I am born and raised in the Netherlands. As a child I saw my dad suffering deeply from his experience as a child in WW II, an experience that he never talked about till a few years ago.
Every May 4 the Dutch people commemorate those who died in WW II and the aftermath of WW II’s devastation, with 2-minutes of silence. We as a family sat together at 8:00 pm and watched the solemn national ceremony on television.
As a child the night before, every May 3, when everyone was asleep, I would sneak down to the living room, take out a book of war heroes and look at the picture of my dad’s dad. He had been part of the resistance movement that smuggled Allied pilots into safety during Nazi occupation. In September 1944, right before my dad’s 11th birthday, the Nazis arrested my grandfather. He died in prison 10 days later. My grandfather left behind his wife and 10 children.
My dad recently told me that my grandfather “stood up for compassion, inclusion and care for those who are vulnerable” and that “he died for his principles.”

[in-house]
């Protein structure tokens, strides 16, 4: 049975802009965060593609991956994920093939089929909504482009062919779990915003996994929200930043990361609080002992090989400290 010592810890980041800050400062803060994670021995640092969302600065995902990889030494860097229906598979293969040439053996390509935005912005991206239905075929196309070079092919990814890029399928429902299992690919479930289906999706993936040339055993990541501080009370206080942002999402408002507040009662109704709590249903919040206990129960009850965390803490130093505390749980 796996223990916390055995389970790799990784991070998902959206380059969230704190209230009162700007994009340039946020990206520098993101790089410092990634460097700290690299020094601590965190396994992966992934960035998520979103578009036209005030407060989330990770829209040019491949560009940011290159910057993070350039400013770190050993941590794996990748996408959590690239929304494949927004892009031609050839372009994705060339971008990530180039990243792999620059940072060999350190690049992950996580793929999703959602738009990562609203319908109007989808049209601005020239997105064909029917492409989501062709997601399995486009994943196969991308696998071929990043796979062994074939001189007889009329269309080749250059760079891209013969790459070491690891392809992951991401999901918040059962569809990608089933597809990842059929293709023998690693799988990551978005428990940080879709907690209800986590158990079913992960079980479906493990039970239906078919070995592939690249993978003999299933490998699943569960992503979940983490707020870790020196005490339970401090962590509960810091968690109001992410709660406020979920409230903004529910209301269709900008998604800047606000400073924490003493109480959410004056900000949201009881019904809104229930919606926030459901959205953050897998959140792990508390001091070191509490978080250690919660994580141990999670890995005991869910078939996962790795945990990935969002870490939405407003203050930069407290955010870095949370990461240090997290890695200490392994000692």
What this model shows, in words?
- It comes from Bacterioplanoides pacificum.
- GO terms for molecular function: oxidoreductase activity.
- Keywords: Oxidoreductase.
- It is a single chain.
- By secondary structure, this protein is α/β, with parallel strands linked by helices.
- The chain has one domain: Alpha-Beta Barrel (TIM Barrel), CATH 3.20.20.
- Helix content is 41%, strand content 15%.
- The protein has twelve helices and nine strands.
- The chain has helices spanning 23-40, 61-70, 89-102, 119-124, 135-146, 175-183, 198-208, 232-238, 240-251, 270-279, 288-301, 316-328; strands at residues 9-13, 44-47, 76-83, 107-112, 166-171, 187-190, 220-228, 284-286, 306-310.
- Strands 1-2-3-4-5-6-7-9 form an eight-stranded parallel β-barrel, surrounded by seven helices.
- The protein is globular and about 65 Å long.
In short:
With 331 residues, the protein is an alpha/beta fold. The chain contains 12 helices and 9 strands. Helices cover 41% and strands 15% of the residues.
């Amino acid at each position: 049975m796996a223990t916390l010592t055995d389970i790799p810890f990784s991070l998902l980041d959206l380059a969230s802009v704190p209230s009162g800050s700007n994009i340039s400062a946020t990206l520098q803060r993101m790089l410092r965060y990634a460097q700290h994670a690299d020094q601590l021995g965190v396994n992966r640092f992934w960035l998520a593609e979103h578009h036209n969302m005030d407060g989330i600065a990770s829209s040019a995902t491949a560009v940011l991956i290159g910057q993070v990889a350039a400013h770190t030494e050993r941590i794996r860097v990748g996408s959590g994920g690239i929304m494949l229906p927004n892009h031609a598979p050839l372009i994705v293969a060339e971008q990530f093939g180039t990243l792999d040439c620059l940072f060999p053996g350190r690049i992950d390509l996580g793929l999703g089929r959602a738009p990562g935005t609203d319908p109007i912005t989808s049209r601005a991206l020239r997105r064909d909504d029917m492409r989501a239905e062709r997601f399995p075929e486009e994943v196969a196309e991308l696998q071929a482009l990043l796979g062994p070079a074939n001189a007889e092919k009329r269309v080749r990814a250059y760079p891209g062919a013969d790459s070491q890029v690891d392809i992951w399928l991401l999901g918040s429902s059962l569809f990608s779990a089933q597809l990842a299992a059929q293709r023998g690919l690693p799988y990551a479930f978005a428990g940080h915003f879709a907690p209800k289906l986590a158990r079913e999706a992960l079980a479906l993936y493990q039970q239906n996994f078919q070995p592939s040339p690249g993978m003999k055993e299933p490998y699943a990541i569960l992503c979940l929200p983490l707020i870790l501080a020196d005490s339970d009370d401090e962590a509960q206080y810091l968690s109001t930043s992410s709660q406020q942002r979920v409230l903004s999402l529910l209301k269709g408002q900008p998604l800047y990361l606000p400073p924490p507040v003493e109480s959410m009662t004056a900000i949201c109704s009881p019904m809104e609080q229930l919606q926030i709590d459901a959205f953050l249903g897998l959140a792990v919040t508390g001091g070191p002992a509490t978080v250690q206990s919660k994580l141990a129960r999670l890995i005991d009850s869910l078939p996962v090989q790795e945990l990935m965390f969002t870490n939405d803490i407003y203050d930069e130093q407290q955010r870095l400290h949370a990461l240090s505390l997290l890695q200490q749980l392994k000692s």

As a child, I didn’t have the words to describe the inheritance my dad had passed down to me, even though my lifelong connection to compassion shows I was strongly impacted by it. As a small child, I spent hours rescuing hedgehogs and blackbirds caught in the nets around my father’s raspberry bushes. At 12, I inspired my class to “adopt” Diego, a boy in Colombia, through Plan International, and collected our monthly donations for him and his village. At 30, I joined Pax Christi to bring refugee children in Croatian refugee camps to the Netherlands for 3-weeks of peace and safety.
At 51, I now have a special dedication to bring compassion, empathy and mindfulness to couples in divorce. I specialize in helping them maintain mutual respect.
This is my contribution to transform conflict into respectful understanding, right here, right now.
I hope I can leave the world a better place, and honor the legacy of my granddad.